Man (30) found not guilty of murder of Dublin grandfather

Dragos Nica, who believed victim’s daughter had poisoned him, pleaded insanity defence

Members of the Garda Crime Scene Investigation Unit examine the scene at Mourne Park, Skerries, where Michael Gannon was stabbed to death in 2013. Photograph: Colin Keegan, Collins Dublin

Members of the Garda Crime Scene Investigation Unit examine the scene at Mourne Park, Skerries, where Michael Gannon was stabbed to death in 2013. Photograph: Colin Keegan, Collins Dublin

 

A 30-year-old man has been found not guilty of the murder of a Dublin grandfather by reason of insanity.

Dragos Nica, of Mourne Park, Skerries, Co Dublin had pleaded, not guilty by reason of insanity to the murder of Michael Gannon (55) at Mourne Park, Skerries, Co Dublin, on November 14th, 2013.

The three-day trial heard that Mr Nica, had formed the belief that Mr Gannon’s daughter Jade, had poisoned him.

The jury heard that, Mr Nica, who has lived in Ireland for 19 years, claimed he woke on the morning of November 14th, 2013, with a numb finger and that his upper arm was “bubbling up”.

The Central Criminal Court heard that the accused said: “I was freaking and panicking but I was going to take it out on the world.”

It was following this that Mr Nica claims he armed himself with a second knife before going to Jade’s house.

The court heard previously that on the evening of the attack, Mr Gannon was babysitting his daughter Jade’s two young children and a neighbour’s child at Jade’s house in Mourne Park, next door to Mr Nica’s house.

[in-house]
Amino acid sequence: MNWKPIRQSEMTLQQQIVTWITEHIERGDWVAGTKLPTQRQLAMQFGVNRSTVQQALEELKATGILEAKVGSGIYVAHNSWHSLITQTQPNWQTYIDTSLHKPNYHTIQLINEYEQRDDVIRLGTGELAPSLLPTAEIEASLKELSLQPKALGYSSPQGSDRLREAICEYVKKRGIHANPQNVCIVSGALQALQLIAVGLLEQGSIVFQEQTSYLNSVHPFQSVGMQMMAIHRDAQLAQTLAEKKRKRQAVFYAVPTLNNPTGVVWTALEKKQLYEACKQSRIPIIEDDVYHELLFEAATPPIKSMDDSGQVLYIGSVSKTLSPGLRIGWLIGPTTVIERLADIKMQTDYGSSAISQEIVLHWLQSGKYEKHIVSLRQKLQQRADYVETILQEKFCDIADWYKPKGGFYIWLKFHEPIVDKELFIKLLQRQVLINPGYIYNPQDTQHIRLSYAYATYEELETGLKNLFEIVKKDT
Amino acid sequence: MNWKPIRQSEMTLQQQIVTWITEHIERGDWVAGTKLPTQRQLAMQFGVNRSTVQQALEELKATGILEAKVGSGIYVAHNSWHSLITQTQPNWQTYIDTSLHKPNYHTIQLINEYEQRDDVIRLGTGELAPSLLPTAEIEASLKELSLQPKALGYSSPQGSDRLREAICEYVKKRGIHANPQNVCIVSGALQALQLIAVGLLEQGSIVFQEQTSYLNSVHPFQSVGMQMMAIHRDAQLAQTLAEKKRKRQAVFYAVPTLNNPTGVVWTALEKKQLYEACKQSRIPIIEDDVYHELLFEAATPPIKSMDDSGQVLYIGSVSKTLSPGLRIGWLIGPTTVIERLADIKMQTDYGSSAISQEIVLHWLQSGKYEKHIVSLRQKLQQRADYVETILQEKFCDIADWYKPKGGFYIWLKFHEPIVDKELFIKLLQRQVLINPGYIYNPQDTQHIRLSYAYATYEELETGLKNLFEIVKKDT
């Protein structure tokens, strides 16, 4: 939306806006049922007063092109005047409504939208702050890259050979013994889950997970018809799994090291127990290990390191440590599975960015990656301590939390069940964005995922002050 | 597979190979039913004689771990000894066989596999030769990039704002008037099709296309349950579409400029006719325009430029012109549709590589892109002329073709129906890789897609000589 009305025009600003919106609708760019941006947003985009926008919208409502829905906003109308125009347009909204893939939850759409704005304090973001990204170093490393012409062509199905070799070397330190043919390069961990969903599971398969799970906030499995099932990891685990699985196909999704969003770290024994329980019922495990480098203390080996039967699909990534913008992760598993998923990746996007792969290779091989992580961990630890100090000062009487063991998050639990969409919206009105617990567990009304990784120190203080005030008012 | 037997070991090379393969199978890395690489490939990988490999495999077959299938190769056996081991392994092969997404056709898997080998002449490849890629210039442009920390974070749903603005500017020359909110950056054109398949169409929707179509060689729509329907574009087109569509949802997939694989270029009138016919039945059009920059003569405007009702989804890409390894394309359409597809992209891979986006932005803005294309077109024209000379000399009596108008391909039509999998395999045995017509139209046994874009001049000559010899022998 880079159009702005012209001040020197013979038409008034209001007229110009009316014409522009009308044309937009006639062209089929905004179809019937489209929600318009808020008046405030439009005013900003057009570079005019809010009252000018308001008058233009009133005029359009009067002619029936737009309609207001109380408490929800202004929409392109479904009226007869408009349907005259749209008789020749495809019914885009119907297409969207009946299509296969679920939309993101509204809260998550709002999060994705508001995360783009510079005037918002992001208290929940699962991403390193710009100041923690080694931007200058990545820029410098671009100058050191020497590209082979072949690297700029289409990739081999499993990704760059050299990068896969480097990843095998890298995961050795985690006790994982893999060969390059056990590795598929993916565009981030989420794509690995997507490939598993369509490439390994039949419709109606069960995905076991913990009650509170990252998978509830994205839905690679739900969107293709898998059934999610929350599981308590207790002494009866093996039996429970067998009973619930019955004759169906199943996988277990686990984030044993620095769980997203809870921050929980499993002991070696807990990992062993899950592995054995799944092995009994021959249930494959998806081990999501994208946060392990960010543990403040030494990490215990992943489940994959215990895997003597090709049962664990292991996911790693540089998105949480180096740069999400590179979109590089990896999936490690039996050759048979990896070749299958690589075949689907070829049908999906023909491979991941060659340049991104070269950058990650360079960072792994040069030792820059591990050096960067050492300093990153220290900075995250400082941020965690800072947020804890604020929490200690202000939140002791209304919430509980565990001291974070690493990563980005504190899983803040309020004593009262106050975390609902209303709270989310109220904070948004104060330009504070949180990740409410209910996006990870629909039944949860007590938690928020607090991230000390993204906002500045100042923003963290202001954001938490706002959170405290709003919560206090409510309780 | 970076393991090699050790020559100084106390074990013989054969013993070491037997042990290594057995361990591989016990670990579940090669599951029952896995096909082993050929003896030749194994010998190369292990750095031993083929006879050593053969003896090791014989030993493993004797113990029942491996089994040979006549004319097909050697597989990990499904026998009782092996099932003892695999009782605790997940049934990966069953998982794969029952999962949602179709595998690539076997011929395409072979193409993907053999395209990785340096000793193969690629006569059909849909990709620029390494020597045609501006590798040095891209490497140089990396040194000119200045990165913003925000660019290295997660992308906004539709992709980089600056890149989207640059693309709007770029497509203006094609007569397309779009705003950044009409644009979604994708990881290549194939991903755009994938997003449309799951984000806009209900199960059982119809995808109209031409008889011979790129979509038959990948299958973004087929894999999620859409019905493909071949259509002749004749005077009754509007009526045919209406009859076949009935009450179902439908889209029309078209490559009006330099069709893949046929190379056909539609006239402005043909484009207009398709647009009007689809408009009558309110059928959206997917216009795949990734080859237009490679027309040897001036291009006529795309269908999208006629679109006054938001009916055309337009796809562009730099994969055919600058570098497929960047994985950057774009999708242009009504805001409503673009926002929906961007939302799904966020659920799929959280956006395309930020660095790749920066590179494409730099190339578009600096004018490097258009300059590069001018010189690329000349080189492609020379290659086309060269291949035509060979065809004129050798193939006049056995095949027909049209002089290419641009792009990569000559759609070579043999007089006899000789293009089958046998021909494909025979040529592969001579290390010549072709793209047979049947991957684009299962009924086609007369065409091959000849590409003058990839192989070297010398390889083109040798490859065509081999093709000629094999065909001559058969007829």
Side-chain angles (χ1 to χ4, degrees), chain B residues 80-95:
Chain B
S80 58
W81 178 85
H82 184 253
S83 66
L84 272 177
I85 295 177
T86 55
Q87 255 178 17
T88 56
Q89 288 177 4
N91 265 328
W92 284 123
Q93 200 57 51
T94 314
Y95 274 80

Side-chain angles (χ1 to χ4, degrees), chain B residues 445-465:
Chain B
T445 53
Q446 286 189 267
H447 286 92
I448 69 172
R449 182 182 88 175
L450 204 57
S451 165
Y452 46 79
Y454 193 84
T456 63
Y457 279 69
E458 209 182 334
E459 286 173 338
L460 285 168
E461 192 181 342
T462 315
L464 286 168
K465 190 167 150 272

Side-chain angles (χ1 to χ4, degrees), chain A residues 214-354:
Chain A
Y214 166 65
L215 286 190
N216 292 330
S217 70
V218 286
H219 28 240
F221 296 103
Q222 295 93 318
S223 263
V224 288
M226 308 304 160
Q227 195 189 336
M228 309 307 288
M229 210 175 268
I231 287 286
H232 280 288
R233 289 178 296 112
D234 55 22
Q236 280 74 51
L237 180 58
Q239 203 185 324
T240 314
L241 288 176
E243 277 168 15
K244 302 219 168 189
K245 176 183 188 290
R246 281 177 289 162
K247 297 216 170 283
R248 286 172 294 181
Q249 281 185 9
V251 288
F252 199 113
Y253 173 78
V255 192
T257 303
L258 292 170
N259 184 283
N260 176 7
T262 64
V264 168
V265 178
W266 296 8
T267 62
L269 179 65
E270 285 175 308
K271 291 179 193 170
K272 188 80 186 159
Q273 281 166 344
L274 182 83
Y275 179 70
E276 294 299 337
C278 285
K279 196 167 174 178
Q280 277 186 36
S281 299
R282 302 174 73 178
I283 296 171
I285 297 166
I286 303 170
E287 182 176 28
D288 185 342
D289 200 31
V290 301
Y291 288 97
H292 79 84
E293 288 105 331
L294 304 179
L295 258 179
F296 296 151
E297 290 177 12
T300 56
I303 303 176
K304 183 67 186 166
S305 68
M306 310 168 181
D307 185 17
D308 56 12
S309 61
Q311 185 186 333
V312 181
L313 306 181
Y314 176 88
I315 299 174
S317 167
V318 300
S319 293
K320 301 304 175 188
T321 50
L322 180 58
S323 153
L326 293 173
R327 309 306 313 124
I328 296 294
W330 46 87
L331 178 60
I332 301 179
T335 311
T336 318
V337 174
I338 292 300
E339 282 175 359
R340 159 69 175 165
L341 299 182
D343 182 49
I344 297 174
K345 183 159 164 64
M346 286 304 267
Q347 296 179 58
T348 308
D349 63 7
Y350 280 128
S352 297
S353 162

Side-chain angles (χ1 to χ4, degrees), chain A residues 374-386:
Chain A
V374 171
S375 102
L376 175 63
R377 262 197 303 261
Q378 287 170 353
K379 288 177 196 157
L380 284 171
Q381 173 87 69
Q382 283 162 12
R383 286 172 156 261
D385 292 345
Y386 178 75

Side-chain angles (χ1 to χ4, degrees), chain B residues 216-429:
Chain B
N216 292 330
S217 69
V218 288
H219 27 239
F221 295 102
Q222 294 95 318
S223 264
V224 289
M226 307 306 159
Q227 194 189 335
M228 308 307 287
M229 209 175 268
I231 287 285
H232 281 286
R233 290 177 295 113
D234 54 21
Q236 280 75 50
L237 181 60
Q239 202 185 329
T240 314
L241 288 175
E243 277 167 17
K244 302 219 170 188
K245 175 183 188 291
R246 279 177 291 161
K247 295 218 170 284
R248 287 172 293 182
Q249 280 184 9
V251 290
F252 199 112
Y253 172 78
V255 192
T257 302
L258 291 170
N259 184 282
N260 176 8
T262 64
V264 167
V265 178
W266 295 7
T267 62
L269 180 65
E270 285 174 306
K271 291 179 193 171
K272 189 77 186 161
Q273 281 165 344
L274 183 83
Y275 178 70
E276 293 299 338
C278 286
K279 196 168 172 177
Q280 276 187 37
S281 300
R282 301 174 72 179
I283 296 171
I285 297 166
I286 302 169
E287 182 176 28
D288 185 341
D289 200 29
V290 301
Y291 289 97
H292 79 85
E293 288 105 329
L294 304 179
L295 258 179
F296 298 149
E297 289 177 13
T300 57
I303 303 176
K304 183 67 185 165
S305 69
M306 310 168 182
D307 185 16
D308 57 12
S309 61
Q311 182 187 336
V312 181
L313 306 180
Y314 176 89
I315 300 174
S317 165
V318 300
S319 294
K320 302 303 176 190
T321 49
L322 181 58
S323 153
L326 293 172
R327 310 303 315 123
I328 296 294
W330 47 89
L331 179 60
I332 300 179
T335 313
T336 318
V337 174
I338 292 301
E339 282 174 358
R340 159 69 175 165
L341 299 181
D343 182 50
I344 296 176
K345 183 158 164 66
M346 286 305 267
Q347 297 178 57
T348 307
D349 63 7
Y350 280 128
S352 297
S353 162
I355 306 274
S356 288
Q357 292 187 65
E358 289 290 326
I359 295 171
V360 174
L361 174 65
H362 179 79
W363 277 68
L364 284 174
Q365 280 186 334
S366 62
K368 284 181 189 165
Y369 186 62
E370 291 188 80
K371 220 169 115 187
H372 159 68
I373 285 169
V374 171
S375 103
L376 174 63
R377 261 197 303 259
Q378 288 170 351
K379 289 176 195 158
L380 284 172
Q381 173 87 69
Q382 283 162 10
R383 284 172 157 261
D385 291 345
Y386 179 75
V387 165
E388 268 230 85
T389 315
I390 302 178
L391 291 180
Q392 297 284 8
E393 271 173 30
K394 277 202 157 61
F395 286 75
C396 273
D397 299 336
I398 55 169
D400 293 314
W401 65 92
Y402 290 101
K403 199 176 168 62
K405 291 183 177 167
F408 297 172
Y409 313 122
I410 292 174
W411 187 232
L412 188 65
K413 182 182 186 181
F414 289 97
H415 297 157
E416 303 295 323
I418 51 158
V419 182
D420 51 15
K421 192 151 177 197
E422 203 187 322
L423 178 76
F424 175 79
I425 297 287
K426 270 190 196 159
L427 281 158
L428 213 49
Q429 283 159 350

The court heard that Mr Gannon was making dinner when one of the children told him a man was looking in the window of the living-room.

Mr Gannon went to investigate, opened the door and the accused man was there, the court was told.

The jury were told that Mr Gannon was stabbed and died within a few feet of the stabbing.

The court heard that Mr Nica struck Mr Gannon over the chest.

Mr Nica then rang the emergency services claiming he had stabbed someone.

Schizophrenia

Earlier, counsel for the prosecution, Patrick Treacy SC said: “Nobody is in anyway trying to downplay [what happened]. However, two psychiatrists agree with each other that at the time the stabbing of Mr Gannon took place, Mr Nica was suffering from an acute psychosis of schizophrenia,” he said.

Defending counsel, Jonathan Kilfeather SC said: “Since this has happened, [Mr Nica] has been kept in a locked unit. The diagnosis hasn’t changed – the treatment hasn’t changed – as far as they are concerned he is still ill.”

Speaking outside the court, Mr Gannon’s brother Patrick said that his brother would do anything for anyone.

“He was a hard worker and would do anything for anyone. He was a cracker of a father and a cracker of a brother.”

The jury of seven men and five women returned a unanimous verdict of not guilty by reason of insanity after 45 minutes.

Mr Justice Tony Hunt thanked the jury saying that any other verdict would not have been consistent with the evidence and exempted them from jury duty for five years.

He said that Mr Nica is in need of in-patient care and committed him to the Central Mental Hospital to appear in court again on February 15th following examination by a medical officer.